Finance ministers have to do a bit of tight rope walking during every budget presentation. The task becomes even more difficult as elections approach. At a time when the ruling party is about to face a series of state assembly elections this year and early next year and has to face the general elections by mid-2019, Finance Minister Arun Jaitley has tried to perform a balancing act in his budget for 2018-19, addressing the ruling establishment’s political needs while not letting public finance slip out of control. He has not only made substantial commitments to give a fillip to the rural economy but has also flagged off an ambitious National Health Protection Scheme to provide health insurance coverage of Rs 5 lakh each to 10 crore poor families. In a change of priorities, the budget has allocated more resources to the social sector, including health, agriculture, and education, with the avowed objective of helping the economically weaker sections and women.
The intent is laudable. But the trick lies in how the Modi government plans to meet these spending commitments. All budgetary arithmetic is based on assumptions. The government seems to have assumed that economic growth in the next financial year could be at its highest since 2014, with a concomitant rise in revenues. Income tax collections are budgeted to increase at nearly twice the growth rate of the underlying economy, and indirect taxes could do well as the economy recovers and the new Goods and Services Tax (GST) system settles down. If these assumptions go awry, given the level of spending committed, the economy could go into a tailspin. A failure to pass the fiscal consolidation test could lead to the central bank raising interest rates. Already, sovereign bond yields have spiked to their highest since June 2016, boding ill for the government’s borrowing plans and interest payments. A hardening monetary policy could choke the nascent economic recovery.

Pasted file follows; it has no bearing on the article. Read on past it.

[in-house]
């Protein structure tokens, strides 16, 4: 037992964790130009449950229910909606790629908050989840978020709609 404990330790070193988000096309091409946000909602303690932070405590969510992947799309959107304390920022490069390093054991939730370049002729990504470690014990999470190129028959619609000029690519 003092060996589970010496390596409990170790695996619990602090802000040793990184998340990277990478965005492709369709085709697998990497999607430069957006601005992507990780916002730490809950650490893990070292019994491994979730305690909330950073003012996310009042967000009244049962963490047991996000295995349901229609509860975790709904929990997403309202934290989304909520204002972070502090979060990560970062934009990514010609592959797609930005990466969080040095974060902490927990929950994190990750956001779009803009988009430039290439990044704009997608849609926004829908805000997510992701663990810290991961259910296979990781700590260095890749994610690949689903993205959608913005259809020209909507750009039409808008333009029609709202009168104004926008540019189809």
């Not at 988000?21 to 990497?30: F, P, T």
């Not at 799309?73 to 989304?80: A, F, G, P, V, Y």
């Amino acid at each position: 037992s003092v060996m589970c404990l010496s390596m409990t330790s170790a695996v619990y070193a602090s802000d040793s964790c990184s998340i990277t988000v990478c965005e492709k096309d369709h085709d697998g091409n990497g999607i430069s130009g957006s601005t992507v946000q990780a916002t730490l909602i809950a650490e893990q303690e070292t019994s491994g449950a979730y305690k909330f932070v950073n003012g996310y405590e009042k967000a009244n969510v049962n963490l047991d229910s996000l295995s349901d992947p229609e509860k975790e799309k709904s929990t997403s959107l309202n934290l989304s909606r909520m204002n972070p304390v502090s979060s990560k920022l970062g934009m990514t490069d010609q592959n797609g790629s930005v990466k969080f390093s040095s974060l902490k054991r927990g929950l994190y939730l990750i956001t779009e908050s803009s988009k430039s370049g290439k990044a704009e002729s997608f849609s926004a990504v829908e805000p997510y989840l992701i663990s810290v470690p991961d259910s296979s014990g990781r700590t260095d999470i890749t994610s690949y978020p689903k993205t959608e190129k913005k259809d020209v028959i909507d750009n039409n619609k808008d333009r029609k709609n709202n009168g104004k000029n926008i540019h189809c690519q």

Some of the measures announced in the budget in the quest to double farmers’ incomes and create jobs have proved inefficient in the past. For instance, the government has announced that it will ensure that farmers get at least 1.5 times their cost of production through the minimum support price (MSP). This has been tried repeatedly in the past without success due to inefficiency and corruption in the state procurement system. Again, there is no innovative proposal to spur job creation, the government’s single biggest failure so far, despite the numbers it claims. It is doubtful if the government decision to contribute 12% of the wages of new employees in the form of provident fund contributions for all sectors will alone do the trick to encourage massive hiring. Despite its promises, the budget lacks the conviction and capacity to fulfil them on the ground.